Monday, February 16, 2015

Toy Review – WWE Elite Collection Series 32 Rey Mysterio from Mattel

This was supposed to be my Toy Fair recap, but I realized this morning that Toy Fair has two more days. So that doesn't work. Enjoy today's review of a Rey Misterio, Jr. figure! 
Tomorrow I'll be reviewing Mattel's SDCC Exclusive Batman: Arkham Knight Batmobile, Wednesday we've got a new contributor with an interview, Thursday I'll put up the Toy Fair post, and Friday will be an all-new episode of the podcast with me and Mike Gordon talking about Batman '66!

Rey Misterio, Jr. (as this figure should properly be known) was one of the most unique and remarkable performers that World Championship Wrestling had on its roster. He had a look that could not be mistaken and once he got in the ring there was no denying that he was almost supernatural in his abilities. 
One of my favorite Misterio matches took place in front of MGM Studios in Orlando. It was against the Cruiserweight Champion Dean Malenko and Rey walked away with the title. I tend to like outdoor matches anyway, but this one was particularly notable. Malenko and Misterio were always fantastic opponents and this is one of their best matches.

Side Note: Dean Malenko is one of my all-time favorites and I really hope they get around to making an Elite figure of him sooner than later. He’s on the backstage staff, so I’d think it would be likely, especially with this Misterio out now.

While I’ve gone back and forth on actually liking Rey Mysterio (as he started calling himself after joining the WWE roster) due to his perpetual Whitemeat Babyface status and questionable mic skills, I will always have the highest level of respect for his work ethic and in-ring ability. He has to be one of the most successful masked luchadors America has ever seen, if not the most. And deservedly so.

As good as Mysterio got in WWE – and he definitely upped every aspect of his game – I’ll always love WCW Rey the most. The more traditional gear appeals to me and as far as his actions – you just never knew what he was going to do. Once guys get to WWE they adopt that predictable match format where you might still get surprised every once in a while, but for the most part once you’ve seen a guy wrestle a few times you basically know what to expect. With Rey Misterio in WCW you never knew what to expect.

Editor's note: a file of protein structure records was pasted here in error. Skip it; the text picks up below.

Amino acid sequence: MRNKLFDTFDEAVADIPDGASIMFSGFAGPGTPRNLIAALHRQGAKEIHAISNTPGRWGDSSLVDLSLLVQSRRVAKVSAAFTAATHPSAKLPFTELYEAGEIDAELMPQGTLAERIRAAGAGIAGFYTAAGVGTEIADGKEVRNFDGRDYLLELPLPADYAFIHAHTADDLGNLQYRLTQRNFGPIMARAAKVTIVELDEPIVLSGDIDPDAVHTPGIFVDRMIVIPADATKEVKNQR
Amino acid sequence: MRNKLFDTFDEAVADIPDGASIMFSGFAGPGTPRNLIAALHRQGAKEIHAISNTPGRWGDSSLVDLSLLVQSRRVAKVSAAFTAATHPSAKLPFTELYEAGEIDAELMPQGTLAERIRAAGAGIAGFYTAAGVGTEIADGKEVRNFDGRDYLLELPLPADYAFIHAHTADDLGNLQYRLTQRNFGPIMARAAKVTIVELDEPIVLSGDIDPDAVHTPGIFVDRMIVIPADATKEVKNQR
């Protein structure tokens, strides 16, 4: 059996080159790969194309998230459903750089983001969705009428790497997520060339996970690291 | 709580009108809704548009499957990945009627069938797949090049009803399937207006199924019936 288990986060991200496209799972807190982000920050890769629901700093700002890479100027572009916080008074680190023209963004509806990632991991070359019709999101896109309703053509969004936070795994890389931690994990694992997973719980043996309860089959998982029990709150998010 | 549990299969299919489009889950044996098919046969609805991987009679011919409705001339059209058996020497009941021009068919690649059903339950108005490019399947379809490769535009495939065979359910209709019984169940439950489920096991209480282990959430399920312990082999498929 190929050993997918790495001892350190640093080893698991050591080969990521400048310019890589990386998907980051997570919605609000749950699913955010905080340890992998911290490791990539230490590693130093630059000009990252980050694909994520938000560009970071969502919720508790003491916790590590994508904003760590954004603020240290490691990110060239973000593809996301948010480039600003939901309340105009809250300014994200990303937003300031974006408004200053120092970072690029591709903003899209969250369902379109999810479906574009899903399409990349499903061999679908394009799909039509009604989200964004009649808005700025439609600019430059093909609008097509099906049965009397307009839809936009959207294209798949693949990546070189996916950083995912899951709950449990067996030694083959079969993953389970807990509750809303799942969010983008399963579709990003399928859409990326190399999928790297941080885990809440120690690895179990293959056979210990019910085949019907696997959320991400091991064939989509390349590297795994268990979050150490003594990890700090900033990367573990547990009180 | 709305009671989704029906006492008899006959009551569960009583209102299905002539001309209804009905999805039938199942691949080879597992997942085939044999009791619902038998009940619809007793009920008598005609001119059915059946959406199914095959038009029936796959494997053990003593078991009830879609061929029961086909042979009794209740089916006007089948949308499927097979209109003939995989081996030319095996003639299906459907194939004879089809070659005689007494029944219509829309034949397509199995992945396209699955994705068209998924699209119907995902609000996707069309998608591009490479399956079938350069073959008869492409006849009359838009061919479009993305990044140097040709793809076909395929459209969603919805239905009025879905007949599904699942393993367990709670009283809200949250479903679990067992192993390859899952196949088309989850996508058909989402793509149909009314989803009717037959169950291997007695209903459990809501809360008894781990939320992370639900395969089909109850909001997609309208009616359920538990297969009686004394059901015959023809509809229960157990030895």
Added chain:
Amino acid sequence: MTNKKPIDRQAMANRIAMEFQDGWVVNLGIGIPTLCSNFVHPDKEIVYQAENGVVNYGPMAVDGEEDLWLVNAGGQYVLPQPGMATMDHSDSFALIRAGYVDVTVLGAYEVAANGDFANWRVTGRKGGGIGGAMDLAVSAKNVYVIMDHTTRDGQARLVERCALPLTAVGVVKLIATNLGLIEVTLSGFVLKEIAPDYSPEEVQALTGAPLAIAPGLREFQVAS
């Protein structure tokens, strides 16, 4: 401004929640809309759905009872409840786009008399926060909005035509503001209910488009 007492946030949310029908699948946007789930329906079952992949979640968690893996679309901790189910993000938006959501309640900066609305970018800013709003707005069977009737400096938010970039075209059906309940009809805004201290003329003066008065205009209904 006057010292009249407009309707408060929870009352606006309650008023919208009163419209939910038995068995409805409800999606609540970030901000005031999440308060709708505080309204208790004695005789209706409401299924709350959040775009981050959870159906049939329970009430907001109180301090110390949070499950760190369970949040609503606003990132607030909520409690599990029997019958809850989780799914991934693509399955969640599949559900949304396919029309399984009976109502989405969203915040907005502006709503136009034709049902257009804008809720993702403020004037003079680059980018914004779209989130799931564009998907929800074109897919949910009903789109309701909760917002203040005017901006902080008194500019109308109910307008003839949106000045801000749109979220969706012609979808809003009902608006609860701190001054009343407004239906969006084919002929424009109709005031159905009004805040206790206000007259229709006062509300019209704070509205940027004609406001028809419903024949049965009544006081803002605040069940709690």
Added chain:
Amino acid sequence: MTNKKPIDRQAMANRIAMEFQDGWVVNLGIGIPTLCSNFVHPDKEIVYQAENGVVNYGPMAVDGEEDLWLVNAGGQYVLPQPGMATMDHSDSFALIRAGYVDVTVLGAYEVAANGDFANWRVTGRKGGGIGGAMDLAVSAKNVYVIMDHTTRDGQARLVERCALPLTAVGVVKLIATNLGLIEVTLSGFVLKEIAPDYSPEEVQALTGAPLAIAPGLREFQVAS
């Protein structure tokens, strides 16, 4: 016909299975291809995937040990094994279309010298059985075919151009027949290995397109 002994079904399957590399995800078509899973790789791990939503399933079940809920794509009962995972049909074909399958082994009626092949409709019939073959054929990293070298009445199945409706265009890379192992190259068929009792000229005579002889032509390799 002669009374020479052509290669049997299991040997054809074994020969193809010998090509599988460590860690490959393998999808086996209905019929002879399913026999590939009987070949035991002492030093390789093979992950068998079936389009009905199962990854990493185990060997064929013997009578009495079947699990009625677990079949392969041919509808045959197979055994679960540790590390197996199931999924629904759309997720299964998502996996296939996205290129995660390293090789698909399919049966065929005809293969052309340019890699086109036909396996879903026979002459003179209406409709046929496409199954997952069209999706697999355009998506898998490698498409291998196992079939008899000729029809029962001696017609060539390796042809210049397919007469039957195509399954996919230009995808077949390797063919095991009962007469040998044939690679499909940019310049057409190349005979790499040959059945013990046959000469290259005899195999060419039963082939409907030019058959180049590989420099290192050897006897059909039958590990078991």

This gear is from Starrcade 1996, where Misterio faced Jushin “Thunder” Liger for the first time. It’s an interesting choice. The colors aren’t particularly flashy, it’s not necessarily one of Rey’s more known looks, and there’s no other significance to the match. It wasn’t his first PPV appearance or any particular title situation. I’d love to think that this is a hint that we’ll get a Liger figure, but I have no idea what his licensing situation might be.

First Glance

This Rey is markedly smaller than other WWE Elite figures (as it should be) and even seems smaller than other Rey figures, due to the lack of baggy indy pants. 

I’m immediately impressed with the sculpt of the wrist bands. Not so much by the doofy look on Rey’s face.


This is the same box that the Elite series has been using for a while. I like it. The large picture of the Superstar on the angled front makes these easy to browse on the pegs. The rest of the design and graphics are appealing and eye-catching.

This isn’t something I have really thought too much about before, but when you have a line at retail for multiple years, it’s very important to change up the look of the packaging every few waves. I don’t think drastic changes to the shape are necessary – and perhaps even detrimental – but the color schemes and placement of logos need to be switched up every few waves so that customers can easily recognize when new assortments have arrived.

I mention this because Series 32 of the Elite line brings a few changes in the packaging, the most noticeable of which is in the biographical information on the back of the box:

I suppose that as far as action figures go this makes more sense, but I much preferred the written narrative of the older Elite figures. Not only were those more informative, they were actually correct. This new thing only has eight pieces of information and four of them are inaccurate or irrelevant.
  • I have never heard Rey referred to as “The Biggest Little Man” in any significant manner that would suggest it is an “Also Known As” title.
  • Rey didn’t use the 619 or the West Coast Pop until his WWE years. This is not WWE Rey.